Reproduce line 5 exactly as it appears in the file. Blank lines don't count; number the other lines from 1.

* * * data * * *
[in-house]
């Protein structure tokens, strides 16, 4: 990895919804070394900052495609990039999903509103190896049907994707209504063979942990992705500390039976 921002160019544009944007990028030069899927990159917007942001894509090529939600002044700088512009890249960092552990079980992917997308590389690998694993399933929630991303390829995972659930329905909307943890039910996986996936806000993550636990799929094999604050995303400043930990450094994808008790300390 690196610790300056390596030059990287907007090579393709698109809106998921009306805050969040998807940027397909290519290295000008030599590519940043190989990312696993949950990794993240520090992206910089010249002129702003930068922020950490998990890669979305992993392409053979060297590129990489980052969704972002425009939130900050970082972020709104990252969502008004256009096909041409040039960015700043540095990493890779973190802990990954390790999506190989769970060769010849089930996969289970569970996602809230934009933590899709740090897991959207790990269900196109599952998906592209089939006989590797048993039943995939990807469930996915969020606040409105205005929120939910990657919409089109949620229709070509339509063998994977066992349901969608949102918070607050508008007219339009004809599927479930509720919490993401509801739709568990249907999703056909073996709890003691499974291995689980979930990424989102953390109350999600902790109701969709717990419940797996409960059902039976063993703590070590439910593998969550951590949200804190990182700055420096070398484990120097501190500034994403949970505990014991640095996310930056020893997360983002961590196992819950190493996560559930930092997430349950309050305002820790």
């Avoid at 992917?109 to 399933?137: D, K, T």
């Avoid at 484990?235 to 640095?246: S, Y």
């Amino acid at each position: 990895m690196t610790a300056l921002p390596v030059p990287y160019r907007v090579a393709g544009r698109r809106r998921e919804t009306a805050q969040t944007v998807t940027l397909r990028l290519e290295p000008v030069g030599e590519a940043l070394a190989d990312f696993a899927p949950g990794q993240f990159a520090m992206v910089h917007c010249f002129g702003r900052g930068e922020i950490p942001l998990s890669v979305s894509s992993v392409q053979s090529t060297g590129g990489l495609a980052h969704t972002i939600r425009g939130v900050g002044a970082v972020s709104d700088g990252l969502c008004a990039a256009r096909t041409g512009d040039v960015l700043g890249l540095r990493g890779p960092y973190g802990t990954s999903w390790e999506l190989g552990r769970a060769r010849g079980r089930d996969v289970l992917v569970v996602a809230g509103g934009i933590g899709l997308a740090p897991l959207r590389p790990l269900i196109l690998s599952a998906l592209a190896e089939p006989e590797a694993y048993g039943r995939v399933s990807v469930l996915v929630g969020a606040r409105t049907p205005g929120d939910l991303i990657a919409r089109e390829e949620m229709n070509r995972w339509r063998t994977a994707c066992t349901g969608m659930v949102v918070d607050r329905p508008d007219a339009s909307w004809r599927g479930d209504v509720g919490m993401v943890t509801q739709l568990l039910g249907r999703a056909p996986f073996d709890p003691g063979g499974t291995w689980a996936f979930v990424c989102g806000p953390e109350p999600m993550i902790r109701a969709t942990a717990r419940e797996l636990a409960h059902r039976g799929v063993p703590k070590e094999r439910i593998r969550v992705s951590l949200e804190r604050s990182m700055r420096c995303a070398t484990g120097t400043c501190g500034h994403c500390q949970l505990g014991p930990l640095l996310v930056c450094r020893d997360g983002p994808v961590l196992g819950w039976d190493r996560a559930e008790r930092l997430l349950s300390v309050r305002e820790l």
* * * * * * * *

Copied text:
């Amino acid at each position: 990895m690196t610790a300056l921002p390596v030059p990287y160019r907007v090579a393709g544009r698109r809106r998921e919804t009306a805050q969040t944007v998807t940027l397909r990028l290519e290295p000008v030069g030599e590519a940043l070394a190989d990312f696993a899927p949950g990794q993240f990159a520090m992206v910089h917007c010249f002129g702003r900052g930068e922020i950490p942001l998990s890669v979305s894509s992993v392409q053979s090529t060297g590129g990489l495609a980052h969704t972002i939600r425009g939130v900050g002044a970082v972020s709104d700088g990252l969502c008004a990039a256009r096909t041409g512009d040039v960015l700043g890249l540095r990493g890779p960092y973190g802990t990954s999903w390790e999506l190989g552990r769970a060769r010849g079980r089930d996969v289970l992917v569970v996602a809230g509103g934009i933590g899709l997308a740090p897991l959207r590389p790990l269900i196109l690998s599952a998906l592209a190896e089939p006989e590797a694993y048993g039943r995939v399933s990807v469930l996915v929630g969020a606040r409105t049907p205005g929120d939910l991303i990657a919409r089109e390829e949620m229709n070509r995972w339509r063998t994977a994707c066992t349901g969608m659930v949102v918070d607050r329905p508008d007219a339009s909307w004809r599927g479930d209504v509720g919490m993401v943890t509801q739709l568990l039910g249907r999703a056909p996986f073996d709890p003691g063979g499974t291995w689980a996936f979930v990424c989102g806000p953390e109350p999600m993550i902790r109701a969709t942990a717990r419940e797996l636990a409960h059902r039976g799929v063993p703590k070590e094999r439910i593998r969550v992705s951590l949200e804190r604050s990182m700055r420096c995303a070398t484990g120097t400043c501190g500034h994403c500390q949970l505990g014991p930990l640095l996310v930056c450094r020893d997360g983002p994808v961590l196992g819950w039976d190493r996560a559930e008790r930092l997430l349950s300390v309050r305002e820790l």